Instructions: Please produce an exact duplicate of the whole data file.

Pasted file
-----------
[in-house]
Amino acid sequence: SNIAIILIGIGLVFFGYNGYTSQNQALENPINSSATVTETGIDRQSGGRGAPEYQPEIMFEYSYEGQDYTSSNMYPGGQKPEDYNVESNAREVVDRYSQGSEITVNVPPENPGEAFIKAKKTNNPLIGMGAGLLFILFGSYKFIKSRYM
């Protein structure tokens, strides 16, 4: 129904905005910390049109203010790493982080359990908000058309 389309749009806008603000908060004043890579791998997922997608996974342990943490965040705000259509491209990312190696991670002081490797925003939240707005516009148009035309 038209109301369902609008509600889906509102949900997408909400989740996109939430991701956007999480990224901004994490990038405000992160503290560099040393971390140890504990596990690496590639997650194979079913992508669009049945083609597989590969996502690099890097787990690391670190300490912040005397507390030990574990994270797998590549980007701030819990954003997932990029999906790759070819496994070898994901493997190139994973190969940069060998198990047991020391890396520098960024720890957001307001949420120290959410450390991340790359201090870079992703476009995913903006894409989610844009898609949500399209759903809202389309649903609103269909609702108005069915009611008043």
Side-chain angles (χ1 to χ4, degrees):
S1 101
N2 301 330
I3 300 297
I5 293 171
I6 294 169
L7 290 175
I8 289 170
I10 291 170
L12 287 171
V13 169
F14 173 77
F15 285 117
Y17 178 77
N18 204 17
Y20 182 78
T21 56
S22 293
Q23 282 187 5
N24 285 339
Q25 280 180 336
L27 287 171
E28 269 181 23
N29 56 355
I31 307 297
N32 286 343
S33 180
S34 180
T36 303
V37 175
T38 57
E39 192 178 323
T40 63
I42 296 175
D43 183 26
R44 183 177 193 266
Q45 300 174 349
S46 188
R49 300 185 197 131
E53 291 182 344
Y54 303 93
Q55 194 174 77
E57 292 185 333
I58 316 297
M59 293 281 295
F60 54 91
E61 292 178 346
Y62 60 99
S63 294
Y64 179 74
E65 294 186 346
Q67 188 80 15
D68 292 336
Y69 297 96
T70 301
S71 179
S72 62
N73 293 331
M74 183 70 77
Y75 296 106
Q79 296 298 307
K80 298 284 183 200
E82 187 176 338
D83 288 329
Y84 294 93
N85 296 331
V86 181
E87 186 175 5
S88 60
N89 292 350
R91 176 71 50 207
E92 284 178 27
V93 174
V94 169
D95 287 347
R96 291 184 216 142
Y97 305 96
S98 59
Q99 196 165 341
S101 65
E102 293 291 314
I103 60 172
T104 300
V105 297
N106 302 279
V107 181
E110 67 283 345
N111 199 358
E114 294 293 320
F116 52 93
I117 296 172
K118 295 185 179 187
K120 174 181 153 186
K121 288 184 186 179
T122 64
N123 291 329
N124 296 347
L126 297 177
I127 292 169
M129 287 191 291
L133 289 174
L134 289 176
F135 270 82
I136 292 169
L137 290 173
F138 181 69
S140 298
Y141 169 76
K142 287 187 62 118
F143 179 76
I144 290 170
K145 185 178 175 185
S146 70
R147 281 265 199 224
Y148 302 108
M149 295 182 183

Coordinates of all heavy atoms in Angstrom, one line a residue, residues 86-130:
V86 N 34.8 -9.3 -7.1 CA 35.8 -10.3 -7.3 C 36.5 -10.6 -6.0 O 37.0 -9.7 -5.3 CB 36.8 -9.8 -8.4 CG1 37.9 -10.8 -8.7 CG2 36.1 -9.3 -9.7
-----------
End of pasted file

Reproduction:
[in-house]
Amino acid sequence: SNIAIILIGIGLVFFGYNGYTSQNQALENPINSSATVTETGIDRQSGGRGAPEYQPEIMFEYSYEGQDYTSSNMYPGGQKPEDYNVESNAREVVDRYSQGSEITVNVPPENPGEAFIKAKKTNNPLIGMGAGLLFILFGSYKFIKSRYM
């Protein structure tokens, strides 16, 4: 129904905005910390049109203010790493982080359990908000058309 389309749009806008603000908060004043890579791998997922997608996974342990943490965040705000259509491209990312190696991670002081490797925003939240707005516009148009035309 038209109301369902609008509600889906509102949900997408909400989740996109939430991701956007999480990224901004994490990038405000992160503290560099040393971390140890504990596990690496590639997650194979079913992508669009049945083609597989590969996502690099890097787990690391670190300490912040005397507390030990574990994270797998590549980007701030819990954003997932990029999906790759070819496994070898994901493997190139994973190969940069060998198990047991020391890396520098960024720890957001307001949420120290959410450390991340790359201090870079992703476009995913903006894409989610844009898609949500399209759903809202389309649903609103269909609702108005069915009611008043």
Side-chain angles (χ1 to χ4, degrees):
S1 101
N2 301 330
I3 300 297
I5 293 171
I6 294 169
L7 290 175
I8 289 170
I10 291 170
L12 287 171
V13 169
F14 173 77
F15 285 117
Y17 178 77
N18 204 17
Y20 182 78
T21 56
S22 293
Q23 282 187 5
N24 285 339
Q25 280 180 336
L27 287 171
E28 269 181 23
N29 56 355
I31 307 297
N32 286 343
S33 180
S34 180
T36 303
V37 175
T38 57
E39 192 178 323
T40 63
I42 296 175
D43 183 26
R44 183 177 193 266
Q45 300 174 349
S46 188
R49 300 185 197 131
E53 291 182 344
Y54 303 93
Q55 194 174 77
E57 292 185 333
I58 316 297
M59 293 281 295
F60 54 91
E61 292 178 346
Y62 60 99
S63 294
Y64 179 74
E65 294 186 346
Q67 188 80 15
D68 292 336
Y69 297 96
T70 301
S71 179
S72 62
N73 293 331
M74 183 70 77
Y75 296 106
Q79 296 298 307
K80 298 284 183 200
E82 187 176 338
D83 288 329
Y84 294 93
N85 296 331
V86 181
E87 186 175 5
S88 60
N89 292 350
R91 176 71 50 207
E92 284 178 27
V93 174
V94 169
D95 287 347
R96 291 184 216 142
Y97 305 96
S98 59
Q99 196 165 341
S101 65
E102 293 291 314
I103 60 172
T104 300
V105 297
N106 302 279
V107 181
E110 67 283 345
N111 199 358
E114 294 293 320
F116 52 93
I117 296 172
K118 295 185 179 187
K120 174 181 153 186
K121 288 184 186 179
T122 64
N123 291 329
N124 296 347
L126 297 177
I127 292 169
M129 287 191 291
L133 289 174
L134 289 176
F135 270 82
I136 292 169
L137 290 173
F138 181 69
S140 298
Y141 169 76
K142 287 187 62 118
F143 179 76
I144 290 170
K145 185 178 175 185
S146 70
R147 281 265 199 224
Y148 302 108
M149 295 182 183

Coordinates of all heavy atoms in Angstrom, one line a residue, residues 86-130:
V86 N 34.8 -9.3 -7.1 CA 35.8 -10.3 -7.3 C 36.5 -10.6 -6.0 O 37.0 -9.7 -5.3 CB 36.8 -9.8 -8.4 CG1 37.9 -10.8 -8.7 CG2 36.1 -9.3 -9.7